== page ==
The first was a few weeks ago with my friend Meredith. We were brewing ideas about what to do with our afternoons and our friends, and Lake Matoaka came up. Then Jamestown Beach. Then Virginia Beach. Then California. Then Australia. And there's only one place better than Australia.
As the climax to this frenzy of outlandish suggestions about where to take our friends on a Sunday afternoon, Meredith suggested that we go to Heaven. This got me thinking quite seriously all of a sudden: what if we went to Heaven just for a few minutes and came back? I was focused less on the metaphysical implications of the event itself and more on the effect on our daily lives from then on out.
Heaven is something we trust that is true, but we do not know it experientially. We have seen echoes and reminders throughout nature and glimpses in worship, but these have all been merely glorious suggestions of the real thing. If all of a sudden we had that fulfilled knowledge, assuming we would be able to function after seeing our true home and experiencing true fulfillment and then leaving it, wouldn't we live with that as our frame of reference? It would such a strong impression that we would never stop living for it; it would never be out of our minds.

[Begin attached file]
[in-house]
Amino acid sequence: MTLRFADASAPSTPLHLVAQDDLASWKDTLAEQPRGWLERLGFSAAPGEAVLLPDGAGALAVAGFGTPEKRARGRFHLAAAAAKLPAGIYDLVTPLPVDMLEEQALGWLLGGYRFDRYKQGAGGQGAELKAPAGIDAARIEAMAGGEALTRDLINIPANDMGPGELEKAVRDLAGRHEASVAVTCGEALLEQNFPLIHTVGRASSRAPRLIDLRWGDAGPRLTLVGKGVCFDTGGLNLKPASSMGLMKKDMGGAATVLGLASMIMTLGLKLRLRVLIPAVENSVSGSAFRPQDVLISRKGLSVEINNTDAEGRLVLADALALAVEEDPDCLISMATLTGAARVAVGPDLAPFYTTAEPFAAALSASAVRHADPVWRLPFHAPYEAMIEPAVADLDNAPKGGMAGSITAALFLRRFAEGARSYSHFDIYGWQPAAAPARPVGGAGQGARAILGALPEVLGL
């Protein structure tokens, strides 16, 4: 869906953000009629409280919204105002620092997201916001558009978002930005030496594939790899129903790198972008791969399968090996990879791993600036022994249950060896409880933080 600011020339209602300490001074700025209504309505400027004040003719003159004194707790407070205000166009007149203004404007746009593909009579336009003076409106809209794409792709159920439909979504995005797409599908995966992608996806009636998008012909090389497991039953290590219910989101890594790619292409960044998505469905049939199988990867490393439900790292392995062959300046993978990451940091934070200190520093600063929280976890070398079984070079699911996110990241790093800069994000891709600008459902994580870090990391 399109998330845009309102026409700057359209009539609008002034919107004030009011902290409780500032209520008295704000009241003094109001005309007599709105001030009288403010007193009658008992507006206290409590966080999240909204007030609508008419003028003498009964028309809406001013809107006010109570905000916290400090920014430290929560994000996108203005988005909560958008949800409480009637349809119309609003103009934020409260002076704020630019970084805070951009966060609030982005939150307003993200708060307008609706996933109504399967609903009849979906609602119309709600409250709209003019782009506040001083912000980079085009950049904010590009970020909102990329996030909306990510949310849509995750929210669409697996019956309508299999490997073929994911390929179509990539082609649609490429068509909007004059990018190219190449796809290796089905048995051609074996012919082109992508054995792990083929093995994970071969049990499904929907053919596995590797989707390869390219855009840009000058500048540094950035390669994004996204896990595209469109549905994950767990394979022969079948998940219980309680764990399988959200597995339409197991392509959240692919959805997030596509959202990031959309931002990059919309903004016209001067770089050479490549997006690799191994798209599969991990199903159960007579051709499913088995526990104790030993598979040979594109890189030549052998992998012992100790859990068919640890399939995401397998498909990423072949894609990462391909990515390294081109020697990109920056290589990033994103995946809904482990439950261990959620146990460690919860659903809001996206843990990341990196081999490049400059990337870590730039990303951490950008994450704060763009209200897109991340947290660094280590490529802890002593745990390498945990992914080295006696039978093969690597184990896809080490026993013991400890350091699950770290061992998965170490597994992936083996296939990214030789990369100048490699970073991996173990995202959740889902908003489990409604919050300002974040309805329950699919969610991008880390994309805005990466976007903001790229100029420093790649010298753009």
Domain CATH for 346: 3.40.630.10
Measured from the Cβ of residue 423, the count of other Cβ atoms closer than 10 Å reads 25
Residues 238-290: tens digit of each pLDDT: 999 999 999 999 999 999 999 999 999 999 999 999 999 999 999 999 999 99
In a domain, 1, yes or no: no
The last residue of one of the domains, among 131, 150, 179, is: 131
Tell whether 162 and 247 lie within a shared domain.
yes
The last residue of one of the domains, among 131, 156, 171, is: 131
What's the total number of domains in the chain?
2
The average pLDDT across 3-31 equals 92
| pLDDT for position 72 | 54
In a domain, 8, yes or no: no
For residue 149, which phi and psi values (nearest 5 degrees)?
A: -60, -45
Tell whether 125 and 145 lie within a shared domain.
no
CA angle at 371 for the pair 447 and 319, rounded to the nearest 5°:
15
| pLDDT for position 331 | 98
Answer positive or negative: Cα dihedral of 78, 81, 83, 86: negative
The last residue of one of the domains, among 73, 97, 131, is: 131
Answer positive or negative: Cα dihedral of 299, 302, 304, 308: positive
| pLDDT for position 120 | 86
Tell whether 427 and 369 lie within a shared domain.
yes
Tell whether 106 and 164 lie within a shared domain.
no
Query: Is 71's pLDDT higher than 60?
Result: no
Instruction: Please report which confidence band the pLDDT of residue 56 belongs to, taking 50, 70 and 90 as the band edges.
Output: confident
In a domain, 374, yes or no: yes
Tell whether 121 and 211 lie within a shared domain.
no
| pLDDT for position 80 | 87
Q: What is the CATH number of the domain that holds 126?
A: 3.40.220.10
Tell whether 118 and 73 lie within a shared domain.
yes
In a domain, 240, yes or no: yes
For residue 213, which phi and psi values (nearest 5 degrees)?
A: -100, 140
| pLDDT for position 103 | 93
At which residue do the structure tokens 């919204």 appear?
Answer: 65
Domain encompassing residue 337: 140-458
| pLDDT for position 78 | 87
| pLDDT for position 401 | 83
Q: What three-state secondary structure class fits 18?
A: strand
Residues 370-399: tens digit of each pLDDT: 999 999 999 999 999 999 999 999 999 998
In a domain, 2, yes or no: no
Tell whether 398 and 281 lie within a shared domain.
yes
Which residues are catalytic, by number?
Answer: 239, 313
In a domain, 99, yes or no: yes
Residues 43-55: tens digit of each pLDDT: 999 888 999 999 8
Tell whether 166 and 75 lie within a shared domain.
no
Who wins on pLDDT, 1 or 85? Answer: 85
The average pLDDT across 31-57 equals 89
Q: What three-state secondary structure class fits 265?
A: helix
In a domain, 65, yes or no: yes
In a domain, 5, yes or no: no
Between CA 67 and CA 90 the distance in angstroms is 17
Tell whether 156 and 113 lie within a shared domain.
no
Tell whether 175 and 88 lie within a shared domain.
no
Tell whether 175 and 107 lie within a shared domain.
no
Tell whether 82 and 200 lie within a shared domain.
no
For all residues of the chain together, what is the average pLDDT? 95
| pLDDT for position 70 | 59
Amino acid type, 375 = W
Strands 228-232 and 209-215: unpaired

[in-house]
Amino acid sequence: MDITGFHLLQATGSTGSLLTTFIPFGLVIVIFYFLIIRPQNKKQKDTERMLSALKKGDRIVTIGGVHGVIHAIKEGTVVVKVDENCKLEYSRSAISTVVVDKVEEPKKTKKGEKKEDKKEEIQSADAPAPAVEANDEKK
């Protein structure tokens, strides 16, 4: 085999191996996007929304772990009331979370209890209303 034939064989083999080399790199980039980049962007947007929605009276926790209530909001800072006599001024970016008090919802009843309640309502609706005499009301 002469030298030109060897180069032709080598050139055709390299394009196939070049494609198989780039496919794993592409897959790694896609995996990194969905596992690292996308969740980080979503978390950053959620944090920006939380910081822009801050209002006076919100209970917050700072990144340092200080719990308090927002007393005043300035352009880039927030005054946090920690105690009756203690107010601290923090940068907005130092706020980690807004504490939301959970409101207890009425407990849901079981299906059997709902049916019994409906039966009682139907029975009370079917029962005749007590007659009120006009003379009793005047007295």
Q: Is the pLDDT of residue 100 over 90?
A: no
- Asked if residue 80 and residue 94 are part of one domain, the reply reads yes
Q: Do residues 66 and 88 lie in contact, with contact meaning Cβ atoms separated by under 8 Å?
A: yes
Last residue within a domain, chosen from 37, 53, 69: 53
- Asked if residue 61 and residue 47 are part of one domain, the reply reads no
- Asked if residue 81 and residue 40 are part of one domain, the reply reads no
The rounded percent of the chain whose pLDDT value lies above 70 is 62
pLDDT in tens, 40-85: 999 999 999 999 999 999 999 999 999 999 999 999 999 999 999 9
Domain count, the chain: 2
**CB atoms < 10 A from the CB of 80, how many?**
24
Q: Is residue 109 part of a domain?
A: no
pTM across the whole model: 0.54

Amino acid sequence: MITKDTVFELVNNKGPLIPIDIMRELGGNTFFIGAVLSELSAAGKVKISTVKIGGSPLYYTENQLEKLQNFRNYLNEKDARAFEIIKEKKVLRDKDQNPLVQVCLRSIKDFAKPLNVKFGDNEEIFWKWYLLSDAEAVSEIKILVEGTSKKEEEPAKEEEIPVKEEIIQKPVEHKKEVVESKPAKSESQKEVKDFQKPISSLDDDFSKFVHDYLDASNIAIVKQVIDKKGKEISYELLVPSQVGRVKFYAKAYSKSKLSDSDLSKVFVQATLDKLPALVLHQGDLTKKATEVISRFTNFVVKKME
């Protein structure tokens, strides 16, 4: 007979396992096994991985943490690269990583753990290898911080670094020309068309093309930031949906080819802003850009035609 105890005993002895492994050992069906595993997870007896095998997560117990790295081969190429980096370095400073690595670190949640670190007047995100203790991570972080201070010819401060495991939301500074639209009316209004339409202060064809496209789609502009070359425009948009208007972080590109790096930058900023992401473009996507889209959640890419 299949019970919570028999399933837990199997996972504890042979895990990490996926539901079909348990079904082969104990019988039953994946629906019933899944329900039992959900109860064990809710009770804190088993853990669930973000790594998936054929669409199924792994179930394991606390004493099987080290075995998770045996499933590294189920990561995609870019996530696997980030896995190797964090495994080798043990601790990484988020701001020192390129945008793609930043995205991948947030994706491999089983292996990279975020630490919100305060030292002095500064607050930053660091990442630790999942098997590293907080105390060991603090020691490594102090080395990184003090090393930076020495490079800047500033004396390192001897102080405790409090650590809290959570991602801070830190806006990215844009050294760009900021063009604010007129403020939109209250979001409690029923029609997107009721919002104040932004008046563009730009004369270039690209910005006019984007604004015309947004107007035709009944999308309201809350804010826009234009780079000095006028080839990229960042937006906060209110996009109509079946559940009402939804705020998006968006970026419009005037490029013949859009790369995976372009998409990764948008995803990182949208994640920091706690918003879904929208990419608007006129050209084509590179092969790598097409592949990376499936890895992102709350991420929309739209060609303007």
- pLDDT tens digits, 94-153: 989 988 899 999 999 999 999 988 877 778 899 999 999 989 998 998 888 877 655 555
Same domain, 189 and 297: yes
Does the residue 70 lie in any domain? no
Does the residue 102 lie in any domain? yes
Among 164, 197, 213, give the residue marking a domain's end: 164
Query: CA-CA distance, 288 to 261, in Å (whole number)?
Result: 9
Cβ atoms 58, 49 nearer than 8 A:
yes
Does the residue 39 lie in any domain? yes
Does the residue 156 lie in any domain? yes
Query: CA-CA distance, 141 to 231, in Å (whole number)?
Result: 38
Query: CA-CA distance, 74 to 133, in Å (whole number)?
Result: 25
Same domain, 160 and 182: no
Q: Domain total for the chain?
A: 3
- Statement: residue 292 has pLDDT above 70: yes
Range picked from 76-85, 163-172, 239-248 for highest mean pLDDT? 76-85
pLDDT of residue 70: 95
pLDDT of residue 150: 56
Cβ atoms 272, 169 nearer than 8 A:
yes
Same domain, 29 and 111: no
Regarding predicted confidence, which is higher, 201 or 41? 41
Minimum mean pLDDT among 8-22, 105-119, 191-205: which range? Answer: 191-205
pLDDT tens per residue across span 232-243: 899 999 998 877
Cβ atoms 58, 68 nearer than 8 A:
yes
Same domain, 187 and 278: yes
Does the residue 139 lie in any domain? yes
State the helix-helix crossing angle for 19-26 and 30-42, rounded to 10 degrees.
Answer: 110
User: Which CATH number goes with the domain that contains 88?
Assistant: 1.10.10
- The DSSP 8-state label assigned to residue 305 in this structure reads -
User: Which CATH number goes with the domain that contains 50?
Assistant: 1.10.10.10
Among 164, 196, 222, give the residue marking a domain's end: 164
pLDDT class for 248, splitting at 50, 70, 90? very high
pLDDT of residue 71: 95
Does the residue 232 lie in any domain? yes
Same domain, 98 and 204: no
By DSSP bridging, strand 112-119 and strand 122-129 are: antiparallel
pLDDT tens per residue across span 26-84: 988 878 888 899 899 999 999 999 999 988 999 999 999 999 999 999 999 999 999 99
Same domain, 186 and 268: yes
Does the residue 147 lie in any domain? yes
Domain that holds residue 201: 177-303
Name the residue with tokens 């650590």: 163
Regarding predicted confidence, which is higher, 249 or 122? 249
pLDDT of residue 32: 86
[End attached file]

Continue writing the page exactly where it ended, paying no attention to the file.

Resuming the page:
I don't think that the situation just described would be the perfect one, because through our broken journeys God teaches us and draws us to himself and improves us; experiencing the end result would be to cut out the journey of growth. But it is a really intriguing thought experiment to consider, because I do want to live with eternity in mind.
Another friend, later, mentioned the song Eden by Phil Wickham. She said that in a strange way it made her sad; not necessarily depressed, but sad that she was not yet in the state of bliss with God that the song speaks about, that she has to face each earthly day with its troubles. I told her not to see it primarily as something she doesn't have, but something that she will have, that has been promised to her, something she can live for. It is a sobering thought, but I believe it is also one that can remind us who we are, where we're going, and why we're here.